Law (MPhil / PhD)

Year of entry

2018

Start date

October 2018 or January 2019

Status

Fully Approved
Applications for this course will open in October

Duration

Up to four years full-time or seven years part-time

Attendance

Regular meetings with your supervisor(s)

Other entry years for this course

2017

An MPhil/PhD is an advanced postgraduate research degree that requires original research and the submission of a substantial dissertation of 60,000 to 100,000 words. At Birkbeck, you are initially registered on an MPhil and you upgrade to a PhD after satisfactory progress in the first year or two. You need to find a suitable academic supervisor at Birkbeck, who can offer the requisite expertise to guide and support you through your research. Find out more about undertaking a research degree at Birkbeck.

MPhil/PhD Law students benefit from the supervision of internationally renowned experts and secondary supervisors, classes in legal theory and research and presentation skills, seminars and extensive library facilities. We offer financial assistance for conference attendance where appropriate, a comprehensive programme of independent monitoring of each student's yearly progress, and postgraduate student representation on the school board. In addition, our present body of researchers constitutes a vibrant community that organises, with the support of the school, a series of workshops, reading groups and a work-in-progress group, as well as frequent social events.

We encourage applications for research in the areas listed below, but it is important to stress that we can only offer supervision in areas where members of the school are actively working.

Areas of research interest include: legal theory; public law; language and law; law and literature; law and film; law and development; gender, sexuality and law; socio-legal studies; environmental law; company law; legal history; medical law and ethics; criminology; European law; intellectual property; insurance law; media law; law and bioethics; constitutional theory and national identity; human rights; criminal justice; feminist legal theory; post-colonial theory; legal aesthetics; law and political economy; race and law; child law; access to justice; international economic law; international refugee law; law and multinational corporations.

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Highlights

  • Research students in the School of Law are an important part of our research culture. We have succeeded in recruiting very high-quality research students and the number of UK and overseas PhD students has increased fivefold since 2001. This reflects the School's growing reputation as a training ground for early-career academics working from critical and socio-legal perspectives.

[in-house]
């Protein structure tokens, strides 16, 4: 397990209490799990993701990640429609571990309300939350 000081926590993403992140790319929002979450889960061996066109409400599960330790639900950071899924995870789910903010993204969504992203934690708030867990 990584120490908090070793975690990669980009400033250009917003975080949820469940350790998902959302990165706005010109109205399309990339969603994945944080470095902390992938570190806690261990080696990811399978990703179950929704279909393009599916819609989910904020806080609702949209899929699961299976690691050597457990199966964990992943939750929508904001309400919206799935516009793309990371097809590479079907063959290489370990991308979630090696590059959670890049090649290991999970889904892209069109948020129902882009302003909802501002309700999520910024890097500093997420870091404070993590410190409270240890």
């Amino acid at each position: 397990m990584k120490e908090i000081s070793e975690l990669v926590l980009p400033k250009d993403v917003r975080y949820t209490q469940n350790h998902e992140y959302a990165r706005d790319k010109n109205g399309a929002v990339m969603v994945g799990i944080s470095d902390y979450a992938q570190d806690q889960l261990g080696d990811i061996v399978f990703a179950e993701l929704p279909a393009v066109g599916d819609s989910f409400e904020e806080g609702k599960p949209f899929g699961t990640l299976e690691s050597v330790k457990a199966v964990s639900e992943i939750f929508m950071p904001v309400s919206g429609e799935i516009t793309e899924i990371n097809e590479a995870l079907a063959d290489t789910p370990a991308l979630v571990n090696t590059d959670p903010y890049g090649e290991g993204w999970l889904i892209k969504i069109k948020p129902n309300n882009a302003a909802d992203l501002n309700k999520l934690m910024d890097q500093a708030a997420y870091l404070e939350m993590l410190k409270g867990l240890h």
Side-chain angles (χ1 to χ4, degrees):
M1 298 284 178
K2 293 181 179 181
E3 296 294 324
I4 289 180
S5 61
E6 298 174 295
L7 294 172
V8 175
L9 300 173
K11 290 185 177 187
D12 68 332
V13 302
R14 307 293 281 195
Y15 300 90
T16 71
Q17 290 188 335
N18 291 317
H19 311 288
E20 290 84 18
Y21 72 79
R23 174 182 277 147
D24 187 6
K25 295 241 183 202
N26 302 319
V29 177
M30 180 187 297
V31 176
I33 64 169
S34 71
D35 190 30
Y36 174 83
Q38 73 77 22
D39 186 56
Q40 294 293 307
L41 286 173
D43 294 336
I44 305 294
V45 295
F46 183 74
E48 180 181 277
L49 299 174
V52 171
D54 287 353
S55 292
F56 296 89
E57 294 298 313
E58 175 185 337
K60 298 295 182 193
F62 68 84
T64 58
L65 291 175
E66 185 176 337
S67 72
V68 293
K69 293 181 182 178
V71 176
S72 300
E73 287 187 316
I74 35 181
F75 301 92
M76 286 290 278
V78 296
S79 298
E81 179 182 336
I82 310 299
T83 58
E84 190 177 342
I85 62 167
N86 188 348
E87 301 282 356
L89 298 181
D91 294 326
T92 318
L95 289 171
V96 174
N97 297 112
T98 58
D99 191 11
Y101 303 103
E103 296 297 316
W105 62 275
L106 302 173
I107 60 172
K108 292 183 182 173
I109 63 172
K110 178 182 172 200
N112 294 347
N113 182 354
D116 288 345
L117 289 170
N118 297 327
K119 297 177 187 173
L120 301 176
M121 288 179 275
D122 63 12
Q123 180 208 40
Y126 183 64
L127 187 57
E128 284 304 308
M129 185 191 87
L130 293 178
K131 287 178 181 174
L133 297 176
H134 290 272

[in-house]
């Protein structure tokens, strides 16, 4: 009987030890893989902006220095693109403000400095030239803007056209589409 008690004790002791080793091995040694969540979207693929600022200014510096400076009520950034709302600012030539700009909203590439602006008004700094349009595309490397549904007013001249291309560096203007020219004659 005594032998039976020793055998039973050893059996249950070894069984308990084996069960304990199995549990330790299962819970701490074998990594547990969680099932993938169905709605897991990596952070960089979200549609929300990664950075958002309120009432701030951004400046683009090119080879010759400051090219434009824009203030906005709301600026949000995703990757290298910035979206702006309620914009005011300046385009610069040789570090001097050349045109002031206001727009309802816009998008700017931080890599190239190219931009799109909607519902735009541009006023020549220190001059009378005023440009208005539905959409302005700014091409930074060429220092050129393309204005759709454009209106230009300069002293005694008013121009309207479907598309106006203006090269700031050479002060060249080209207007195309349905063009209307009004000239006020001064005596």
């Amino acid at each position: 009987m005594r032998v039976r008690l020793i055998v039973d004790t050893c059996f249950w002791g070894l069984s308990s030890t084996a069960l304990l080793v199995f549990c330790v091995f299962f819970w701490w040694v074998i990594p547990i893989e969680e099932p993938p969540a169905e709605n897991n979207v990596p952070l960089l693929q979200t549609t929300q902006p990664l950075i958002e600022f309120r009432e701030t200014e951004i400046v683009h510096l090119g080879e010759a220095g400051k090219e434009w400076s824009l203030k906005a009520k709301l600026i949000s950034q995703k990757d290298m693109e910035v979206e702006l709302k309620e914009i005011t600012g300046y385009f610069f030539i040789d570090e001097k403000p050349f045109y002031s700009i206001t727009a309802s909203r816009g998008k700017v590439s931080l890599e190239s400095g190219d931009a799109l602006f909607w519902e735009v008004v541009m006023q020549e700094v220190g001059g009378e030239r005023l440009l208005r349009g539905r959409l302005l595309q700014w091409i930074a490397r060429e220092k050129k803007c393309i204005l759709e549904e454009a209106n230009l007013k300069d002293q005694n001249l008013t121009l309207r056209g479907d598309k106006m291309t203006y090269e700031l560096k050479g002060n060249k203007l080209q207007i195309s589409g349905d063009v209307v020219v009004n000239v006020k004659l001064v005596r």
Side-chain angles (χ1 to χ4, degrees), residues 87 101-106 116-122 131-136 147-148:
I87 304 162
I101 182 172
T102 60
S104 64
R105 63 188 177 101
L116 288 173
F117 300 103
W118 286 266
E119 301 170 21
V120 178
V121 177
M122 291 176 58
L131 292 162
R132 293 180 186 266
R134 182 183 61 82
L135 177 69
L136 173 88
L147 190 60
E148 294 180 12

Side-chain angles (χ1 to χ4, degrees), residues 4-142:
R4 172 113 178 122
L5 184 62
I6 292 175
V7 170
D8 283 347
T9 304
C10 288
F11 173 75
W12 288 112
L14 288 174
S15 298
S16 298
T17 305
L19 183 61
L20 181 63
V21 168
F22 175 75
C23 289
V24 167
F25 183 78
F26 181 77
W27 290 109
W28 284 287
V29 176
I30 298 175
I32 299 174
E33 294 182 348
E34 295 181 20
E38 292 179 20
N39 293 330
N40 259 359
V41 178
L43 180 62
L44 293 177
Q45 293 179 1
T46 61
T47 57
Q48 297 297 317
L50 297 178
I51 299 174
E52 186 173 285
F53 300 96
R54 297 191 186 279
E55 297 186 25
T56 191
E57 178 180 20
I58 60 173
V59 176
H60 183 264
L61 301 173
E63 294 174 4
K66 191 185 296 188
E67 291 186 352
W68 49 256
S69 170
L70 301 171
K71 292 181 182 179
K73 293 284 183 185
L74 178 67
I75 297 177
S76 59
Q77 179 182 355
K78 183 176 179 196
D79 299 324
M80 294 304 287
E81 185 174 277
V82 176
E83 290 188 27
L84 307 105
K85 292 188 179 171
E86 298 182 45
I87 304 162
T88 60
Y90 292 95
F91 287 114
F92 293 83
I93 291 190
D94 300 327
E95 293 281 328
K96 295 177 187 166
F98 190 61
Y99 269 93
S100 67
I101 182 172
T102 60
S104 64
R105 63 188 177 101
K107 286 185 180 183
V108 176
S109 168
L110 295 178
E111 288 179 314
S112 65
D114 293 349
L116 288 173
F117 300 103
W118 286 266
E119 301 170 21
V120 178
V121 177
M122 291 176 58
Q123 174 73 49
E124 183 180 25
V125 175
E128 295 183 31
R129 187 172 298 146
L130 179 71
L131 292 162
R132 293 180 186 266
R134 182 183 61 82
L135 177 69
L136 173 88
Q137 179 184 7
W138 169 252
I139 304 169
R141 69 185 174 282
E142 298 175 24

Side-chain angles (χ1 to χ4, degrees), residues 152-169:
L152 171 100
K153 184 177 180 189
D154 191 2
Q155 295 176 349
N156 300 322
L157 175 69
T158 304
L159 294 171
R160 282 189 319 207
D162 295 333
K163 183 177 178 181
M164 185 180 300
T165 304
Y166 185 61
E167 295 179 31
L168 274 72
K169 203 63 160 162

• Birkbeck’s research excellence was confirmed in the 2014 Research Excellence Framework (REF), which placed Birkbeck 30th in the UK for research, with 73% of our research rated world-leading or internationally excellent.
  • We are among the top 10 law schools in the UK and in the top three in London in the Times Higher Education 2014 REF rankings, while our research environment was judged conducive to producing research of the highest quality.
  • The PhD programme is recognised by the Economic and Social Research Council (ESRC), the UK's leading research council addressing economic and social concerns. The PhD is tailored to students' needs and can include generic modules from our postgraduate Master's programmes such as Research Frameworks and Qualitative and Quantitative Research Methods.
  • In-house seminars, the Bloomsbury Postgraduate Skills Network and the Arts and Humanities Research Council (AHRC) Interdisciplinary Research Training Network provide additional training. Students have received awards from the AHRC, British Academy, Overseas Research Students Awards, ESRC, Natural Environment Research Council and internal Birkbeck and Law School Studentships.
  • Reading groups are encouraged, focusing on particular writers such as Agamben, Foucault and Deleuze as well as issues such as critical international law, feminist theory, Latin American culture and politics and Continental philosophy. There is an informal doctoral 'work-in-progress group' open to staff and research students, allowing the latter to develop their presentation skills and invite general comment on projects. There are a number of other events designed to support research students. Additionally, an annual postgraduate conference is held to showcase current doctoral research. The upgrade viva examination, whereby students progress from MPhil to PhD registration, gives students experience of a more formal arena in which they have to defend their work to academic staff.
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